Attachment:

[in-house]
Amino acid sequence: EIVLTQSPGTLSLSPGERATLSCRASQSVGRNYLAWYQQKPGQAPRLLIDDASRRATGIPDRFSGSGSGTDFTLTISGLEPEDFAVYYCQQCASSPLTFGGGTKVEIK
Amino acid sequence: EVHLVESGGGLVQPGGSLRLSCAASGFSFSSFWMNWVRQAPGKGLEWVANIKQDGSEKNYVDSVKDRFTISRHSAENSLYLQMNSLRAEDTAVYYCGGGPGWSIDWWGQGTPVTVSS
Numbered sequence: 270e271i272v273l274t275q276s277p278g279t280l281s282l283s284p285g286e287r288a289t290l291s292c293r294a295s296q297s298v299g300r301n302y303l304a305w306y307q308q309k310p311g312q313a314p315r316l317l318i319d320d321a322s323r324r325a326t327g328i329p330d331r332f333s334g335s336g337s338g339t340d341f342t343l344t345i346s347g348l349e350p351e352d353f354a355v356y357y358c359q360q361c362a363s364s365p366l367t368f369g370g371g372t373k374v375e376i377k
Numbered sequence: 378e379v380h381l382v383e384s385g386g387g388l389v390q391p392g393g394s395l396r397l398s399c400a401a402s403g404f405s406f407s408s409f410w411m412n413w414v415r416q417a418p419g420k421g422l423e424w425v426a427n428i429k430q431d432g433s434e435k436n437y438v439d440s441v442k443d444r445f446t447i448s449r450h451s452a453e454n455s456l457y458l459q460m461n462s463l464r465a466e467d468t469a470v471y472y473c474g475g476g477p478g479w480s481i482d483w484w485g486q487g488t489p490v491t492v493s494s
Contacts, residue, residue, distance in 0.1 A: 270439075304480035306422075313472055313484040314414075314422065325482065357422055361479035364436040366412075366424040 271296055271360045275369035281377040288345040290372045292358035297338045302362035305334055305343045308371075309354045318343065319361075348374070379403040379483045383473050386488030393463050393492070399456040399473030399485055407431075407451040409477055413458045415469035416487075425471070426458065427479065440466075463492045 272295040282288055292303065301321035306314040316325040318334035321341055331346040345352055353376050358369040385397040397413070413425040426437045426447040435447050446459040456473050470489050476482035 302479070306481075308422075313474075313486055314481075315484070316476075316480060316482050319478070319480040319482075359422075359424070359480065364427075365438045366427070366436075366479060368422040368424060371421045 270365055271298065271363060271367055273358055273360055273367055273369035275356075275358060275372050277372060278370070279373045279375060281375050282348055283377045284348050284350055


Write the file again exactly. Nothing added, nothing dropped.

[in-house]
Amino acid sequence: EIVLTQSPGTLSLSPGERATLSCRASQSVGRNYLAWYQQKPGQAPRLLIDDASRRATGIPDRFSGSGSGTDFTLTISGLEPEDFAVYYCQQCASSPLTFGGGTKVEIK
Amino acid sequence: EVHLVESGGGLVQPGGSLRLSCAASGFSFSSFWMNWVRQAPGKGLEWVANIKQDGSEKNYVDSVKDRFTISRHSAENSLYLQMNSLRAEDTAVYYCGGGPGWSIDWWGQGTPVTVSS
Numbered sequence: 270e271i272v273l274t275q276s277p278g279t280l281s282l283s284p285g286e287r288a289t290l291s292c293r294a295s296q297s298v299g300r301n302y303l304a305w306y307q308q309k310p311g312q313a314p315r316l317l318i319d320d321a322s323r324r325a326t327g328i329p330d331r332f333s334g335s336g337s338g339t340d341f342t343l344t345i346s347g348l349e350p351e352d353f354a355v356y357y358c359q360q361c362a363s364s365p366l367t368f369g370g371g372t373k374v375e376i377k
Numbered sequence: 378e379v380h381l382v383e384s385g386g387g388l389v390q391p392g393g394s395l396r397l398s399c400a401a402s403g404f405s406f407s408s409f410w411m412n413w414v415r416q417a418p419g420k421g422l423e424w425v426a427n428i429k430q431d432g433s434e435k436n437y438v439d440s441v442k443d444r445f446t447i448s449r450h451s452a453e454n455s456l457y458l459q460m461n462s463l464r465a466e467d468t469a470v471y472y473c474g475g476g477p478g479w480s481i482d483w484w485g486q487g488t489p490v491t492v493s494s
Contacts, residue, residue, distance in 0.1 A: 270439075304480035306422075313472055313484040314414075314422065325482065357422055361479035364436040366412075366424040 271296055271360045275369035281377040288345040290372045292358035297338045302362035305334055305343045308371075309354045318343065319361075348374070379403040379483045383473050386488030393463050393492070399456040399473030399485055407431075407451040409477055413458045415469035416487075425471070426458065427479065440466075463492045 272295040282288055292303065301321035306314040316325040318334035321341055331346040345352055353376050358369040385397040397413070413425040426437045426447040435447050446459040456473050470489050476482035 302479070306481075308422075313474075313486055314481075315484070316476075316480060316482050319478070319480040319482075359422075359424070359480065364427075365438045366427070366436075366479060368422040368424060371421045 270365055271298065271363060271367055273358055273360055273367055273369035275356075275358060275372050277372060278370070279373045279375060281375050282348055283377045284348050284350055